Percentages have taken center stage -- for reasons both good and bad -- in recent months. In fact, Stanford's Symbolic Systems program named the percent sign as the Symbol of the Year in 2012. At the Manatee Chamber, we've become aware of a percentage that, to us, speaks volumes -- it's 80 percent.
A recently released national survey of 2,000 adults reveals that when consumers know that a small business is a member of the chamber of commerce, they are 80 percent more likely to purchase goods or services from the company in the future. The study, conducted by The Schapiro Group, an Atlanta-based strategic consulting firm, also found that being active in a local chamber of commerce is an effective business strategy because two-thirds of consumers believe that such companies use good business practices, are reputable, care about their customers, and are involved in the community. It's no surprise that the Manatee Chamber's mission aligns with these attributes -- to build a positive business environment while enhancing our community's quality of life. It's also no surprise to me that consumers feel this way about businesses that are members of a chamber -- we think so, too!
These statistics don't mean that the Manatee Chamber, as the leading, largest business organization in Manatee County, should just rest easy and assume that consumers will continue to associate so many positive things with businesses that invest in membership. The chamber has to continue to, first and foremost, address critical issues that help our business community succeed. Second, we must continue to tell the story about how the Manatee Chamber -- because of local business participation -- makes a difference. That's why consumers will continue to overwhelmingly favor businesses that are chamber members.
It's a crowded world -- literally and figuratively. Every day, each of us is bombarded with information competing for our attention. Priorities and challenges change, as well. The Manatee chamber has a number of strategies in place to ensure that we are addressing the issues that matter most to businesses and maintaining the best possible quality of life in Manatee County. We believe that those two things -- the strength of local businesses and the quality of life of a community -- are mutual
ly dependent and equally critical to our ability to attract and retain businesses and talent in Manatee County.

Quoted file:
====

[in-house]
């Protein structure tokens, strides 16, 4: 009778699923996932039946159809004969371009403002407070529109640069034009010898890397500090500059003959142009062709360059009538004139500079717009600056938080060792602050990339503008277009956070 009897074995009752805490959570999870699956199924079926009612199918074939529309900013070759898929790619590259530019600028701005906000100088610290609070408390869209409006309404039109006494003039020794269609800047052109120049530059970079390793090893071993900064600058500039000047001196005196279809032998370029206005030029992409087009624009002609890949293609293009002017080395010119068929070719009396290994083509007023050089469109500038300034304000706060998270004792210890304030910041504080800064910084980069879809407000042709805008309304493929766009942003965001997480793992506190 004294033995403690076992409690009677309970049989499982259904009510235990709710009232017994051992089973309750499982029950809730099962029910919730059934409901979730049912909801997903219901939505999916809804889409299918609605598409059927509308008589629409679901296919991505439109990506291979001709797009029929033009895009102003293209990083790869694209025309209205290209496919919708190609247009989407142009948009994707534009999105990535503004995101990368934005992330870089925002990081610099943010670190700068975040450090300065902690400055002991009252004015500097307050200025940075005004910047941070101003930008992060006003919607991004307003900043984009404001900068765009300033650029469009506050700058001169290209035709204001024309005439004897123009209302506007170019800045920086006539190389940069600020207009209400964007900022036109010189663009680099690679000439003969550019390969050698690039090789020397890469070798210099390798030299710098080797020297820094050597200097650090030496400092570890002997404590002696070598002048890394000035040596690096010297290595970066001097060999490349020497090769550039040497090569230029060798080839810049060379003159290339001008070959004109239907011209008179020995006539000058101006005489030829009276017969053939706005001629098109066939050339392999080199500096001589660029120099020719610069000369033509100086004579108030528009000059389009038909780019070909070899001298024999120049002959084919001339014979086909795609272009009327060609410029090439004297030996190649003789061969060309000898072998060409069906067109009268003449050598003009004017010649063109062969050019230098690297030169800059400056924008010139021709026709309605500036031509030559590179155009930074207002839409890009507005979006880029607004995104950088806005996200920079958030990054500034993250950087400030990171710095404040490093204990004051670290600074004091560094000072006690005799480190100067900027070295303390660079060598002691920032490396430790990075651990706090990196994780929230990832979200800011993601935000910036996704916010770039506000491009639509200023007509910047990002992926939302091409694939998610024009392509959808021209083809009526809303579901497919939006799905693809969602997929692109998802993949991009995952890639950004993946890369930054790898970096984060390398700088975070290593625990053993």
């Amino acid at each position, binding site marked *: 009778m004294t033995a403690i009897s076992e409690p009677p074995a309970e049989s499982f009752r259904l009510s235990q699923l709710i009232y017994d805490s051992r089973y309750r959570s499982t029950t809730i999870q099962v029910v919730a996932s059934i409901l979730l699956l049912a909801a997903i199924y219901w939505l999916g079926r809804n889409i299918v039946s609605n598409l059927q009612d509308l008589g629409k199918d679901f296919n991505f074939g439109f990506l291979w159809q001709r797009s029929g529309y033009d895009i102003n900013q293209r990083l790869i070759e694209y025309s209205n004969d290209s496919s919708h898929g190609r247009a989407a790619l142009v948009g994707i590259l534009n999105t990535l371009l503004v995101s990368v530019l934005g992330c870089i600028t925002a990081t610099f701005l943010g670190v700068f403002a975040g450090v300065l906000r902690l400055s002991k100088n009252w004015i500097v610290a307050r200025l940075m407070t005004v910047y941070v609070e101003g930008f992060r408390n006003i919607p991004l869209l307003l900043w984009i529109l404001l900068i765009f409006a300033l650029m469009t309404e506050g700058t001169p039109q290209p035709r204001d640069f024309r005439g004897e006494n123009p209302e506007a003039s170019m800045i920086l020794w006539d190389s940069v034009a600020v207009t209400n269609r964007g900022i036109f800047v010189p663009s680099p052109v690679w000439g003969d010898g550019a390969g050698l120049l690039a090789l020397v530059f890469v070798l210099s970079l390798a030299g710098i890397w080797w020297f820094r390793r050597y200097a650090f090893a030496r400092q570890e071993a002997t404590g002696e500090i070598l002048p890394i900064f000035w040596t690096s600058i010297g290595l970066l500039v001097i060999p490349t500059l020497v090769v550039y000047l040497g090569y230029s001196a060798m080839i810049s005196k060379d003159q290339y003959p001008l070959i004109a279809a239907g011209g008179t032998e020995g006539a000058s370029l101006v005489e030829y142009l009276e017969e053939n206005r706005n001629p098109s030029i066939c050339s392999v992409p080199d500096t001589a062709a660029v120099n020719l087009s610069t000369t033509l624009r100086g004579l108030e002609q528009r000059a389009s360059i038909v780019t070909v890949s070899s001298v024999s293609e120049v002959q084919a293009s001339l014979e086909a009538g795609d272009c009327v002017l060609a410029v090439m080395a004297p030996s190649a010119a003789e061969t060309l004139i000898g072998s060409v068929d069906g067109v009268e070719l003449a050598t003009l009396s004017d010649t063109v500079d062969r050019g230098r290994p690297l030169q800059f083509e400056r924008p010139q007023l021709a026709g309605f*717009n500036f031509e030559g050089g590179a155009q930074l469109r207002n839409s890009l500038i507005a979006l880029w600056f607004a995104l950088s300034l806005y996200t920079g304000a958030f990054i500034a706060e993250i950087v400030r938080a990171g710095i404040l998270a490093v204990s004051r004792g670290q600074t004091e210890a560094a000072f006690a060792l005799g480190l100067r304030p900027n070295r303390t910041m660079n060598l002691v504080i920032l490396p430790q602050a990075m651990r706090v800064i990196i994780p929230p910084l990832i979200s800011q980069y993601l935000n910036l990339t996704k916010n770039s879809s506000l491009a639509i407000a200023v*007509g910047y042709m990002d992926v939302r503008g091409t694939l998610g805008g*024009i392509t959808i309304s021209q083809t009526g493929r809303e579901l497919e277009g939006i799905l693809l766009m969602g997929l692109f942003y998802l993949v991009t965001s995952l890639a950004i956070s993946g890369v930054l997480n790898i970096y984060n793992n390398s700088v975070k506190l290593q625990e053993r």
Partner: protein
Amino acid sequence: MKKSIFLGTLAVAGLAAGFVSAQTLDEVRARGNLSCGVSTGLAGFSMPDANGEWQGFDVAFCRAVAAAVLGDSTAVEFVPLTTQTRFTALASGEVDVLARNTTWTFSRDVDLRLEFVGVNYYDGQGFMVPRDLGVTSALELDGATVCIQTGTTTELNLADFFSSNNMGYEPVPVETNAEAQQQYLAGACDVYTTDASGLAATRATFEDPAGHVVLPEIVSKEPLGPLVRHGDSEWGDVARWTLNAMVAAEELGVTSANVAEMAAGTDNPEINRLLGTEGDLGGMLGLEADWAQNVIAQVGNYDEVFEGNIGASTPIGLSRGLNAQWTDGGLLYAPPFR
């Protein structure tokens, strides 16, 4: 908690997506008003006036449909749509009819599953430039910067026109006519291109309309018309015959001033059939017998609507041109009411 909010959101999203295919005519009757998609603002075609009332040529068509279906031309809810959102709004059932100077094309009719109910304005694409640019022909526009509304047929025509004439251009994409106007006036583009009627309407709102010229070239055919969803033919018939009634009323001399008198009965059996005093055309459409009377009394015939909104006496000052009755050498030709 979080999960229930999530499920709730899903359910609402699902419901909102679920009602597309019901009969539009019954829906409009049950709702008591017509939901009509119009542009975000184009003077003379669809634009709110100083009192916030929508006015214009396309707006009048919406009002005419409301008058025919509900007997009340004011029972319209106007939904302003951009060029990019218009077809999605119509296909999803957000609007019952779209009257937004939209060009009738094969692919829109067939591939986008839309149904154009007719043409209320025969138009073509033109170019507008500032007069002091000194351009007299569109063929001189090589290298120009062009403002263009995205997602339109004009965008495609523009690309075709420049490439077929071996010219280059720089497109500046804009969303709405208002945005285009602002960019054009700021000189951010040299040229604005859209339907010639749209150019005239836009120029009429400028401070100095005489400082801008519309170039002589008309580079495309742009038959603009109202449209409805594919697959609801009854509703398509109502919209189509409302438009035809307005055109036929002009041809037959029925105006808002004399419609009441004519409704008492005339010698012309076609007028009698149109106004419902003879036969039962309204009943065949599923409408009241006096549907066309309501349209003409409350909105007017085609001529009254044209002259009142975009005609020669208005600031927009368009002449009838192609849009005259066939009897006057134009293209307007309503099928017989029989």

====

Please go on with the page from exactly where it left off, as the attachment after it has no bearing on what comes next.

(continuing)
The Manatee Chamber is able to carry out an aggressive, in-depth program of work because we have a business community that understands its involvement is necessary. Because of business involvement, the Manatee Chamber tackles issues like health care, workforce development, business growth, economic development, education, community development, natural resources, transportation, legislation and much more. And, Manatee County businesses are very generous with their time, talents and treasure -- not just with the Manatee Chamber, but with thousands of non-profits, schools and community events.
It's nice to know that businesses gain significant credibility for the investment they make in supporting our community through their Manatee Chamber membership. The Schapiro study found additional consumer perceptions of chamber members to be positive in many ways. For example, if consumers know that a small business is a member of its local chamber, the business enjoys a:
n 49 percent increase in its consumer favorability rating
n 68 percent increase in its local reputation, and
n 73 percent increase in consumer awareness
So, I say thank you to the 2,000 local business that are members of the Manatee Chamber and to the more than 400 business people who serve on our 25 committees and task forces that address important business and community issues. Your reputation -- and ours -- is strengthened by your investment and our community benefits through job creation, leadership development and a higher quality of life.
Robert P. Bartz, president of the Manatee Chamber of Commerce, can be reached at 941-748-4842.